I live on the island of Gozo, in the country of Malta. Mid-Mediterranean. Definitely interesting! but no serious bookstores and an extremely limited local lending library (popular paperbacks mostly). Project Gutenberg is my friend for a lot of reading. I also sometimes download public-domain audiobooks (Librivox). My balancing act between digital and printed consists, as I said, of refusing to have separate devices for each electronic task… just one netbook. I still prefer the printed page and find it much, much easier to use when doing research (as opposed to reading for pleasure).

      • Tracy Seeley Says:

        Well, if I can send you anything (real or virtual), let me know. Now I’m going to Google “Gozo” and learn all about it.

  6. john Says:

    If anyone asks what use are printed books I also feel the next question should be what use are people. People like printed books use up a lot of space, take up resources and fall apart. But like printed books some people have a plethora of redeeming qualities. I mean maybe ‘Mein Kampf’ is a printed book which would have been better off unprinted, but I’d keep almost all the rest of them. I read therefore I am I’m sure people say and the format we used to take for granted has coloured decades of our lives. I guess new generations may not feel the same way, but to deride the printed book is shallow. And I’m not taking a computer on a beach, up a mountain or to the toilet anytime soon- to get less theoretical about it.

    • Tracy Seeley Says:

      Somehow I missed commenting on your comment–which I don’t like doing (or not doing, rather). I love this: “the next question should be, what use are people?” Indeed. They do fall apart, don’t they–but by then we’ve had the pleasure of their company for a good long while.

  7. Sue Diplock Says:

    Does it have to be and either/or situation with printed versus e-books? I am simply running out of space and reluctant to clear out books to make space for more – I got rid of a few hundred a couple of years ago – and it was difficult to find anyone to take them rather than simply dump them.

    I enjoy using my new Kindle – it is light and easy to use, especially for those ‘easy reads’ which I probably will only read once. But I do miss the ability to share them with friends and family.

    It is, however, also very good for some scholarly stuff – Thomas Aquinas, Saint Augustine – cheap and accessible.

    Environmentally, I hear the arguments – but a house chock full of books is a house chock full of books and also an environmental disaster when they end up piled up on the floor! And at least I don’t even possess a tumble dryer!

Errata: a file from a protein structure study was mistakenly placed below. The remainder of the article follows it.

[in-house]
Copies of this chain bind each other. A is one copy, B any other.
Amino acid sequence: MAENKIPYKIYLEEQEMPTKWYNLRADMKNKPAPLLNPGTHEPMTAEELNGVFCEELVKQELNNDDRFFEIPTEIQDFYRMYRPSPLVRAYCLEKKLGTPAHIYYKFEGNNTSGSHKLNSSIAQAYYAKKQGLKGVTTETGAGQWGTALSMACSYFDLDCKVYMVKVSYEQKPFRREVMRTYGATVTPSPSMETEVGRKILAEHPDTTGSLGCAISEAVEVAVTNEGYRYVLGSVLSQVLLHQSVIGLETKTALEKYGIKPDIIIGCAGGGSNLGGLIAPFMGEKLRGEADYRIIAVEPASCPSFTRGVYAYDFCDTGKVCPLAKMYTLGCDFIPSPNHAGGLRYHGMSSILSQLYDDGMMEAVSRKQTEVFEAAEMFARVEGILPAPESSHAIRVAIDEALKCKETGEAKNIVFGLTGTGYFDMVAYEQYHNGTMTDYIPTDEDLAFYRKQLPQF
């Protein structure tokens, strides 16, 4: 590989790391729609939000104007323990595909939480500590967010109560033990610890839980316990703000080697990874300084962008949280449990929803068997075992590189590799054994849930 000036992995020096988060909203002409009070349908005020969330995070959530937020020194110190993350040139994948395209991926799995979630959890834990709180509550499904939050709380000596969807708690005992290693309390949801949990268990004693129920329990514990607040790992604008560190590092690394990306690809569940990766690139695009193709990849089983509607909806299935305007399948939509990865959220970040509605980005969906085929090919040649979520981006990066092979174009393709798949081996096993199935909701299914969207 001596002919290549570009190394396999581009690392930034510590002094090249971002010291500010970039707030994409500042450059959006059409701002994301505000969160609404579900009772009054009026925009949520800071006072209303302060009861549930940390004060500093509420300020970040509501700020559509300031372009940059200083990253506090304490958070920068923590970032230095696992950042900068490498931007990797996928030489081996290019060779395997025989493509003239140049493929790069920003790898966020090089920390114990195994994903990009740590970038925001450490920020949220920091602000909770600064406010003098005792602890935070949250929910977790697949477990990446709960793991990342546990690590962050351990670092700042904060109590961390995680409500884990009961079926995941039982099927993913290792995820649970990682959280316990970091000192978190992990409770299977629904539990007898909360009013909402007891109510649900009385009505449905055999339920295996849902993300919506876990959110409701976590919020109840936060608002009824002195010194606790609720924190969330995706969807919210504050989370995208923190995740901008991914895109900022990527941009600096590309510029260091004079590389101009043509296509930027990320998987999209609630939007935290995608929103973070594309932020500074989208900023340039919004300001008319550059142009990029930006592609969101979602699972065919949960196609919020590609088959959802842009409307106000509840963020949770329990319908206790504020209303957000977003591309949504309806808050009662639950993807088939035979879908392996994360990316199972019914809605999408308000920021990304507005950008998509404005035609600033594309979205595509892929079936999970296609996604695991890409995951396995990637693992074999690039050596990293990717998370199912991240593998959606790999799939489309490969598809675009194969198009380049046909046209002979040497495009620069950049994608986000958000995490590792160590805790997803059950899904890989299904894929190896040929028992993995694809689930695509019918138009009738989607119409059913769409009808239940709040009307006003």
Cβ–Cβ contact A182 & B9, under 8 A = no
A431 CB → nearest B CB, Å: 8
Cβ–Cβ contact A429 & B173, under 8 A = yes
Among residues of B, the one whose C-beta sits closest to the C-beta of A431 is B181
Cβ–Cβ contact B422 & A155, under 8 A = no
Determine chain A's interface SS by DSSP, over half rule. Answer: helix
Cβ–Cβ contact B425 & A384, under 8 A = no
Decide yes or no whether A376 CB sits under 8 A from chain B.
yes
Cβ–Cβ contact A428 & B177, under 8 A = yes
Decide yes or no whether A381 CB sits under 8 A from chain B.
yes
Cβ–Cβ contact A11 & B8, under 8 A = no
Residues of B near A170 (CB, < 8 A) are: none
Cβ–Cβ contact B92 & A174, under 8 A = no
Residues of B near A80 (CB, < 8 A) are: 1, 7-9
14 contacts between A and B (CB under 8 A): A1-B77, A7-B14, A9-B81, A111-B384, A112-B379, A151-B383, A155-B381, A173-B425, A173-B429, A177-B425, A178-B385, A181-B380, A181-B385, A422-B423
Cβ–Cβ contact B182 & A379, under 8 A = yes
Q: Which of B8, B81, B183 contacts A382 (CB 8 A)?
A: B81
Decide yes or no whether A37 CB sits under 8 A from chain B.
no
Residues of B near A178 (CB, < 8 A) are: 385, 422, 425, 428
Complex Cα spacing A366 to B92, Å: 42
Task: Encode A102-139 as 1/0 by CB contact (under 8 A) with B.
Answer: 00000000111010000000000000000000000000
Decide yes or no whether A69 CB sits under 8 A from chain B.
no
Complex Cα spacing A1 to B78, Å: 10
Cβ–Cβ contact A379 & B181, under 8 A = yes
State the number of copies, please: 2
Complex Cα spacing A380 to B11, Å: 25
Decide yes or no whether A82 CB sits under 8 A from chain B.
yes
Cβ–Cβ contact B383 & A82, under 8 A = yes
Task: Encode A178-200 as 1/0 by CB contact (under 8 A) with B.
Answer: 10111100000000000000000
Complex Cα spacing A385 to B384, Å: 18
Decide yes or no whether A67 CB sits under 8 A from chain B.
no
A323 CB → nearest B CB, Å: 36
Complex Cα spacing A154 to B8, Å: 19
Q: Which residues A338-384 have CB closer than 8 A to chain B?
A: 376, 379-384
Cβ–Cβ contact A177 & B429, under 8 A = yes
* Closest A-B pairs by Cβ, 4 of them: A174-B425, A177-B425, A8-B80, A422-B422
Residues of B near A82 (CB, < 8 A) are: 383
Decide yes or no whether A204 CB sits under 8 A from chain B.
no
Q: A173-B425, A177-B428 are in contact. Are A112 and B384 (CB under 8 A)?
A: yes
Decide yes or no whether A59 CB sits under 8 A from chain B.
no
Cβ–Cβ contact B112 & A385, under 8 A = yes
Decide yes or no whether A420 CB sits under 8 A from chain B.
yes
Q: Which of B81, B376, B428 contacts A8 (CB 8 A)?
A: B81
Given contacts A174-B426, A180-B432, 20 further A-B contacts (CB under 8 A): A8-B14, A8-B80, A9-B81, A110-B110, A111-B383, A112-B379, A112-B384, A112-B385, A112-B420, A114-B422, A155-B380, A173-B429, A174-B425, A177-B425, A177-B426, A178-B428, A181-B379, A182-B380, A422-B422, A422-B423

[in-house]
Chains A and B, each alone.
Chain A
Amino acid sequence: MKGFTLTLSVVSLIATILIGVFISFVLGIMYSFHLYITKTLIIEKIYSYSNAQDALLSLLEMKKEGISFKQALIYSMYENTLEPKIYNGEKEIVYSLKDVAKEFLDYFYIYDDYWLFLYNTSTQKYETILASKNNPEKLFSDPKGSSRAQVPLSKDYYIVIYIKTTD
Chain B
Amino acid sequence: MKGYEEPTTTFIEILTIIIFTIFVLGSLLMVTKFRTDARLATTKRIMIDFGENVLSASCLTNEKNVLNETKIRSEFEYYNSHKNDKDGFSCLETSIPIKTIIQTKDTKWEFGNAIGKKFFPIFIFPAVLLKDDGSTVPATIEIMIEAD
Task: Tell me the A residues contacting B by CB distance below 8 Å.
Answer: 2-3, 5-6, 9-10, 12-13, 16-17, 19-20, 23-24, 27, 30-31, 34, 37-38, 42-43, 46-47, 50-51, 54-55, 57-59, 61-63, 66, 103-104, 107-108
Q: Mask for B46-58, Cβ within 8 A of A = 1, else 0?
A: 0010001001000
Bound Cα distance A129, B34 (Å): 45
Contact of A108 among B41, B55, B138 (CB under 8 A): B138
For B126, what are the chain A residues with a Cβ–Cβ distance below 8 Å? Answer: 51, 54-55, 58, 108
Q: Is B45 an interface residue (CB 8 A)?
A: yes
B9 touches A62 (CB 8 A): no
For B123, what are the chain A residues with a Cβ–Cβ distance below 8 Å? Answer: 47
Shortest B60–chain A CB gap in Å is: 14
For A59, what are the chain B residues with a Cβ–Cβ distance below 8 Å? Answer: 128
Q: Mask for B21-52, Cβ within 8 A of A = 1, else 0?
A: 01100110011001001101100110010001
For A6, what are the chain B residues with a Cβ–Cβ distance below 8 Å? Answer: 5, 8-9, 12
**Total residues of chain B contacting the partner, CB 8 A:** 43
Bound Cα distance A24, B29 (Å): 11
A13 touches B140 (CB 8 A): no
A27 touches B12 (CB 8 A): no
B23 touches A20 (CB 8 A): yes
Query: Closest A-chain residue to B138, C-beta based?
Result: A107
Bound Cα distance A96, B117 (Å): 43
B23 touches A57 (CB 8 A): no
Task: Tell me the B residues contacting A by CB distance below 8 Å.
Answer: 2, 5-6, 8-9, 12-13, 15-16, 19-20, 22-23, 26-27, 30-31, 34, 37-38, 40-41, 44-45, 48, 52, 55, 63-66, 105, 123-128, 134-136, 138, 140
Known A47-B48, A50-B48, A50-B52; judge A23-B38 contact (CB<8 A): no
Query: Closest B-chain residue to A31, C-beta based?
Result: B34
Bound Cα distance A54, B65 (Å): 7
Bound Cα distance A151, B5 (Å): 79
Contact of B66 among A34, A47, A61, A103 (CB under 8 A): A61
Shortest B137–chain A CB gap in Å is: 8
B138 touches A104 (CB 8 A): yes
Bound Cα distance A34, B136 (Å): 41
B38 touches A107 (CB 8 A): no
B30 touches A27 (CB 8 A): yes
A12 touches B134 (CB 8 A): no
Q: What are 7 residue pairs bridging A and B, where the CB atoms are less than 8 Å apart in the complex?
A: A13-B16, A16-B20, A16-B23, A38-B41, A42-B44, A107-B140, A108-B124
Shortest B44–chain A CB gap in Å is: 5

• Tracy Seeley Says:

      Hi Sue,
      No, it doesn’t have to be either/or. That’s exactly what I don’t like about all these writers who say, essentially, get with the modern world, it’s going digital, so give up your old-fashioned books–and if you don’t, you’re a loser/fetishist/fogey/cult member.

      Well, I guess there’s environmental disasters and then there’s environmental disasters. I hear you about the piles of books, though I guess I’d opt for that over other catastrophic options. It’s a hard equation to sort out–

  8. Shannon Seeley W Says:

    Where’s the fun in an e-reader? Atlas Shrugged without a pillow to prop up the weight of it as I feel each gloriously smooth page, turning, turning, turning? The Complete Works of Robert Burns in a 1928 edition without the yellowing pages and that delicious smell of old library? The Pop-up book of Scary Things without the Pop-up play? E-reader, Schme-reader.

  9. Tyler Gates Says:

    I’m working right now at the epicenter of this debate: for an iPhone/Pad app that features about 24K books from the public domain with a fancy e-reader and all that. My job is to organize the books into easily navigable collections and genres, write descriptions of books and authors, etc. So I see what’s going on in the wild wild world of digital books, and I have some thoughts.

    First off, I don’t think the printed book is in jeopardy of being replaced by the e-book. It’s just not as enjoyable to read long-form on a device, and it never will be. While it might be refreshing to remember that you’ve got 24K books on your iPhone when you forgot your book for that long bus ride (but what serious reader would forget?), it’s still not going to be gratifying to read your Oscar Wilde on a phone. I have poured over tens of thousands of books, have written hundreds of book descriptions, and I haven’t yet read a single e-book all that way through. There are hundreds of millions of smart phones out there, yet reading anything long on them can only be a novelty.

    The iPad does make it easier to read longer work, but who wants to doze off to the soft electric glow of an iPad, especially while reading a book that’s 200 years old? You’re right about the sensuousness of a physical book–I just don’t see that getting supplanted by plastic and glass. Perhaps if one was reading sci-fi it might feel appropriate. And in terms of the Kindle, the fact that the one we got for my dad sits moldering next to a stack of library books is evidence that it’s only a toy by comparison.